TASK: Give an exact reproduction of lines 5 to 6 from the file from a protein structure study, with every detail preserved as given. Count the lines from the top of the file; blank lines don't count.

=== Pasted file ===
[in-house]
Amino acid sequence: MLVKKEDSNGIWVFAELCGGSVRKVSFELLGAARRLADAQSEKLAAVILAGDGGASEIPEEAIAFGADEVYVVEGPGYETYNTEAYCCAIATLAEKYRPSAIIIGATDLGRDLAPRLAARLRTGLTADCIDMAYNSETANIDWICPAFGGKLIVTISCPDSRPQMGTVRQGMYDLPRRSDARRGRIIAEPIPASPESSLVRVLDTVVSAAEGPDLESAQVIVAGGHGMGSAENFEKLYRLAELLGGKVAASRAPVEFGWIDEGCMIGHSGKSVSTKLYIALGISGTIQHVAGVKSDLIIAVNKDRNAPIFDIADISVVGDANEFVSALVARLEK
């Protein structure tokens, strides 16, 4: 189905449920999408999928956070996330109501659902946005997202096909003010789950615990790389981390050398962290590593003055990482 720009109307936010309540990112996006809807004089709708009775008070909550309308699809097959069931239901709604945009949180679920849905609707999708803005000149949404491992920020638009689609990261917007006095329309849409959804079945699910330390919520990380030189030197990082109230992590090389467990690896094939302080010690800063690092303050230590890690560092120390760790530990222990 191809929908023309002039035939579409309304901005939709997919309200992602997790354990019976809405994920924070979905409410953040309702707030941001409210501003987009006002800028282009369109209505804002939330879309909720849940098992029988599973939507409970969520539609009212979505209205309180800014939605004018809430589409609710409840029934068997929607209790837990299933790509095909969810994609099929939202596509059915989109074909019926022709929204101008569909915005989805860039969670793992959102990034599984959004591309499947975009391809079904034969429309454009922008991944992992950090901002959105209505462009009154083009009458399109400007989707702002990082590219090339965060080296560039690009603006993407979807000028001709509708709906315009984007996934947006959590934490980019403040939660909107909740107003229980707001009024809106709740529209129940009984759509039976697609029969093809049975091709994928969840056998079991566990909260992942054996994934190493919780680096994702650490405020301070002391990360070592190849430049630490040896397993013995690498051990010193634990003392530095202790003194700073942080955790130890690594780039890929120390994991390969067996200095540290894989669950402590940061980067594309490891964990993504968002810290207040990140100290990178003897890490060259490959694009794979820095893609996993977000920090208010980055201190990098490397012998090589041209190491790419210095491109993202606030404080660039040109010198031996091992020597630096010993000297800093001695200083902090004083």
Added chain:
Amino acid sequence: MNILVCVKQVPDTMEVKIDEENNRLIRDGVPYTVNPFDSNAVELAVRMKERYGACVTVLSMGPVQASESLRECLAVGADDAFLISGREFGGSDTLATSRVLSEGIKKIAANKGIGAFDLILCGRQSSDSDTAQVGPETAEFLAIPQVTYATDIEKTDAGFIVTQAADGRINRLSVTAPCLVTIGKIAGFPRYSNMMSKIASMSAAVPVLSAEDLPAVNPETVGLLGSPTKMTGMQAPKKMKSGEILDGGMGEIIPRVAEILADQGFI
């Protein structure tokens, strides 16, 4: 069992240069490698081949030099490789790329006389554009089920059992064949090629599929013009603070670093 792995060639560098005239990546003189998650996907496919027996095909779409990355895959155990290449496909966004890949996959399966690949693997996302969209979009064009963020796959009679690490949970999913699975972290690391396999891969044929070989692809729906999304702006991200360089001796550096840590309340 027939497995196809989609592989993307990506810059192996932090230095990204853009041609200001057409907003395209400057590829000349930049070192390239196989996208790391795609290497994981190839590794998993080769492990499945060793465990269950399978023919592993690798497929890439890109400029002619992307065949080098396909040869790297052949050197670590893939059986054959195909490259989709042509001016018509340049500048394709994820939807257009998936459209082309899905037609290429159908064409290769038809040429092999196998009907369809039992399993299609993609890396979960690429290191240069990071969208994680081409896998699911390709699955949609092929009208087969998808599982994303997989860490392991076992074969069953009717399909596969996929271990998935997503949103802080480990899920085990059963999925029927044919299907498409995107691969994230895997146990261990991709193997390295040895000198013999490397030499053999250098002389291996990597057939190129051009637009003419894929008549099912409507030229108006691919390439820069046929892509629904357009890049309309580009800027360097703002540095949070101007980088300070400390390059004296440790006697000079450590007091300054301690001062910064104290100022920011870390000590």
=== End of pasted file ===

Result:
Amino acid sequence: MNILVCVKQVPDTMEVKIDEENNRLIRDGVPYTVNPFDSNAVELAVRMKERYGACVTVLSMGPVQASESLRECLAVGADDAFLISGREFGGSDTLATSRVLSEGIKKIAANKGIGAFDLILCGRQSSDSDTAQVGPETAEFLAIPQVTYATDIEKTDAGFIVTQAADGRINRLSVTAPCLVTIGKIAGFPRYSNMMSKIASMSAAVPVLSAEDLPAVNPETVGLLGSPTKMTGMQAPKKMKSGEILDGGMGEIIPRVAEILADQGFI
């Protein structure tokens, strides 16, 4: 069992240069490698081949030099490789790329006389554009089920059992064949090629599929013009603070670093 792995060639560098005239990546003189998650996907496919027996095909779409990355895959155990290449496909966004890949996959399966690949693997996302969209979009064009963020796959009679690490949970999913699975972290690391396999891969044929070989692809729906999304702006991200360089001796550096840590309340 027939497995196809989609592989993307990506810059192996932090230095990204853009041609200001057409907003395209400057590829000349930049070192390239196989996208790391795609290497994981190839590794998993080769492990499945060793465990269950399978023919592993690798497929890439890109400029002619992307065949080098396909040869790297052949050197670590893939059986054959195909490259989709042509001016018509340049500048394709994820939807257009998936459209082309899905037609290429159908064409290769038809040429092999196998009907369809039992399993299609993609890396979960690429290191240069990071969208994680081409896998699911390709699955949609092929009208087969998808599982994303997989860490392991076992074969069953009717399909596969996929271990998935997503949103802080480990899920085990059963999925029927044919299907498409995107691969994230895997146990261990991709193997390295040895000198013999490397030499053999250098002389291996990597057939190129051009637009003419894929008549099912409507030229108006691919390439820069046929892509629904357009890049309309580009800027360097703002540095949070101007980088300070400390390059004296440790006697000079450590007091300054301690001062910064104290100022920011870390000590």